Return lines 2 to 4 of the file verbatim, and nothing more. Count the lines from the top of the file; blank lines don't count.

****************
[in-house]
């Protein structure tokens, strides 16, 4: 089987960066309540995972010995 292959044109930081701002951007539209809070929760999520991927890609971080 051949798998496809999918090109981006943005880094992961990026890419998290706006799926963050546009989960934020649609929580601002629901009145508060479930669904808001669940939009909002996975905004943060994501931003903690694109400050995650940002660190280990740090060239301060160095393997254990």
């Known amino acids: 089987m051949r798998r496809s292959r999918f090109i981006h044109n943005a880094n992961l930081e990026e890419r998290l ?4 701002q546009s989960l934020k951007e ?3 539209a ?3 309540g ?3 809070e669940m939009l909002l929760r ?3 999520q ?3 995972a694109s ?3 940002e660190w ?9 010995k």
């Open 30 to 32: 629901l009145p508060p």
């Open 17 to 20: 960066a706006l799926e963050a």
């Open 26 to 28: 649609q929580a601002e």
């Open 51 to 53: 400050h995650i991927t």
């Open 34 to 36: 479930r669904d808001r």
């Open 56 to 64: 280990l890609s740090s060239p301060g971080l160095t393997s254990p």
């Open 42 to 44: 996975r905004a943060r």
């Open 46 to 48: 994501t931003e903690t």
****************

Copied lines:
């Protein structure tokens, strides 16, 4: 089987960066309540995972010995 292959044109930081701002951007539209809070929760999520991927890609971080 051949798998496809999918090109981006943005880094992961990026890419998290706006799926963050546009989960934020649609929580601002629901009145508060479930669904808001669940939009909002996975905004943060994501931003903690694109400050995650940002660190280990740090060239301060160095393997254990």
């Known amino acids: 089987m051949r798998r496809s292959r999918f090109i981006h044109n943005a880094n992961l930081e990026e890419r998290l ?4 701002q546009s989960l934020k951007e ?3 539209a ?3 309540g ?3 809070e669940m939009l909002l929760r ?3 999520q ?3 995972a694109s ?3 940002e660190w ?9 010995k």
């Open 30 to 32: 629901l009145p508060p």